DOUGH BUSINESS: Central 37’s veal/leek dumplings are outstanding.
I’m not a chef chaser, but I will follow a chef with a recognizable style. In the case of Rene Michelena, whose signatures include underdone juicy morsels and a subtle fusion he calls MediterAsian, it’s been quite a zigzag, from Centro (I missed his debut at La Bettola) to St. Botolph to the Vault; on to Caffe Umbra, where he consulted; over to Saint; upstairs to Domani; and now downtown to Central 37.
|Central 37 | 617.263.0037 | 21 Broad St, Boston | AE, DC, DI, MC, VI | Open Mon-Wed, 11 am-10 pm; Thurs and Fri, 11 am-11 pm; and Sat, 5-11 pm | Full bar | No valet parking | Sidewalk-level access to lounge tables|
And it is no small trick just to find Central 37, since it isn’t at 37, isn’t on Central, and is so far back from the sidewalk of its official address (21 Broad Street) that it’s better to think of it as being behind the huge 75 State Street building. (To further complicate things, when you get to the door, the sign says “Market,” which is the first-floor lounge.) Central 37 was apparently the name of an ancient inn or tavern on the site, which was most recently the Black Rhino.
Worse, I’m clearly not the only one who’s having trouble finding the place. Early on a weeknight, we had the dining room to ourselves, and it was probably the same everywhere else in the four-level venue, which includes a private dining room and rooftop bar. They had some bad nights this past spring when a Boston Globe critic was in the house, and her one-star review, combined with prices on the higher end, has likely kept crowds away. (Price points have since come down a notch.) All that said, the kitchen was having a good night when we got there. The food wasn’t great Michelena, but it was him, and fun, and there are some real advantages to being the only diners in the room: no noise problem, superior service, and our choice of TV stations (women’s tennis).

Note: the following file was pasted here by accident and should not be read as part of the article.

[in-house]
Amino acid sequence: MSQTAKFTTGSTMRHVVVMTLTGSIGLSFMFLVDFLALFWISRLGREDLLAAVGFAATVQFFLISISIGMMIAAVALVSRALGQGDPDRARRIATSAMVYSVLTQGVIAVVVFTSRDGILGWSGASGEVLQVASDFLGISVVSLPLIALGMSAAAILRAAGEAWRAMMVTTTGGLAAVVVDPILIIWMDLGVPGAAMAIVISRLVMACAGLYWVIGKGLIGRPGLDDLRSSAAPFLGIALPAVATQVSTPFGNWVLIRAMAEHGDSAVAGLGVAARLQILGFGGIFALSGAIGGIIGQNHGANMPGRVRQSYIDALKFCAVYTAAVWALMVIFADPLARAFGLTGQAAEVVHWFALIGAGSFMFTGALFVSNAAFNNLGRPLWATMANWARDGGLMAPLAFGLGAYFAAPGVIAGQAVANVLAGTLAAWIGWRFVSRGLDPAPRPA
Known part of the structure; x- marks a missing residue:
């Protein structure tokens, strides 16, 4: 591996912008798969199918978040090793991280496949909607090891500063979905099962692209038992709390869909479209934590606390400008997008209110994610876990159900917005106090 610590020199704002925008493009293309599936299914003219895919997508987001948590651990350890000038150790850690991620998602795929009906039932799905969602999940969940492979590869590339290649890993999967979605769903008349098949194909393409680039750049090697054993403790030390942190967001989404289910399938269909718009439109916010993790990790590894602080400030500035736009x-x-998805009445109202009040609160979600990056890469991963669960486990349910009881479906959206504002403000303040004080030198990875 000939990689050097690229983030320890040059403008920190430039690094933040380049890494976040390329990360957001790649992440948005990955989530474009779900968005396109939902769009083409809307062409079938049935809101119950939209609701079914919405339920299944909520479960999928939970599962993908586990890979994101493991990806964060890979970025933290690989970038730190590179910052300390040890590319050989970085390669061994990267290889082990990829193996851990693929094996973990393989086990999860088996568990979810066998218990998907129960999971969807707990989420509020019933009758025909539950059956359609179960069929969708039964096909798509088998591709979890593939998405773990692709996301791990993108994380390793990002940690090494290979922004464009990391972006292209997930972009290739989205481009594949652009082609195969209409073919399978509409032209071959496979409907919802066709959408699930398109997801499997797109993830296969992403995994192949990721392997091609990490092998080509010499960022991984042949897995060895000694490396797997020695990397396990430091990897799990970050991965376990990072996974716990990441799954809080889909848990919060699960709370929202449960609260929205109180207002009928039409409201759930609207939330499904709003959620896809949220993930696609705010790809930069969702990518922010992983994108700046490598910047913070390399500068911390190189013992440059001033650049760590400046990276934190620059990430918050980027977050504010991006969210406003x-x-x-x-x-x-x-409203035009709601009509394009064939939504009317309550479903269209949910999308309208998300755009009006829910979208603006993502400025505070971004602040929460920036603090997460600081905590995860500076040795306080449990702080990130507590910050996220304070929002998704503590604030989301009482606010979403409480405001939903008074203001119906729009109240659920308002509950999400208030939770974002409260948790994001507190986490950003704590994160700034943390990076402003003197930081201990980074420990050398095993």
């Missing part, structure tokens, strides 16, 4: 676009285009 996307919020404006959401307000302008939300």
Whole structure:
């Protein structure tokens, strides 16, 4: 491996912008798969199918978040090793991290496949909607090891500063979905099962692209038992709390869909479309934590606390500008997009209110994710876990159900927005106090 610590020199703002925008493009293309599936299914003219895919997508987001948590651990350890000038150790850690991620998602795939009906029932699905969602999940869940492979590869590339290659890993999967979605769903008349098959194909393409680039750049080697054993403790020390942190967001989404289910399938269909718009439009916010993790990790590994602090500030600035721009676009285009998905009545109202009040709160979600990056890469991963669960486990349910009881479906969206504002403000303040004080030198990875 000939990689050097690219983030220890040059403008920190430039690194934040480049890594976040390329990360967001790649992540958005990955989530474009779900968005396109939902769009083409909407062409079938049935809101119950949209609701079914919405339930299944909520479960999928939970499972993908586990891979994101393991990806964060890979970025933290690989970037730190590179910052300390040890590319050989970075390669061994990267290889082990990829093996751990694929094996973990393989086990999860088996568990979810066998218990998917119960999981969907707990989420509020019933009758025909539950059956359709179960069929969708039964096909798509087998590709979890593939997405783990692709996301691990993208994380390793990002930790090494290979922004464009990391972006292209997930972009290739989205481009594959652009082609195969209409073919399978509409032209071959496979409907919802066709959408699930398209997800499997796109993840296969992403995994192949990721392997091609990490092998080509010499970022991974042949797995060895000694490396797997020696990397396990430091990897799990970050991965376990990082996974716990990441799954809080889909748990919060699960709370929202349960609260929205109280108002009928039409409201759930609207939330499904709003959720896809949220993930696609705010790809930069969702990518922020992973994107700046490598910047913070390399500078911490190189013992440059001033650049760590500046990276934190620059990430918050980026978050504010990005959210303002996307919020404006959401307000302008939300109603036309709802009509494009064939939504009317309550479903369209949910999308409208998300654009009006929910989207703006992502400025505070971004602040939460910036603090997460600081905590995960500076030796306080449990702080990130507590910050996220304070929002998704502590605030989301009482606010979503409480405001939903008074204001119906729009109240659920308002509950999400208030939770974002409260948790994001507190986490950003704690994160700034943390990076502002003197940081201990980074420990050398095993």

We began with a plate of eight kinds of roasted olives with lemon and spices ($7). One of the spices might well be cinnamon, so these are odd but appetizing olives. This was a big plate with plenty of flavored oil, ideal for soaking up with crusty bread. Pork lumpia ($8) are Filipino spring rolls, presented sliced and standing on end like sushi. They’re not as outstanding as the veal/leek dumplings ($10), which, despite the meatier flavor, spurt a little broth, and are truer to the spirit of Peking ravioli than most of the Asian dumplings in town. Penang chicken fritters ($9) come with a spiced-up kind of duck sauce and a very lively hot-pepper version of a Japanese pickled salad. There’s also a fine platter of grilled asparagus ($10), though it had little evidence of the promised smoked paprika aioli and soy glaze. I don’t doubt those ingredients were in there. Michelena’s approach has always been to enhance rather than overpower with seasoning, and sometimes his hand is so light that the food is deceptively plain — in a positive way.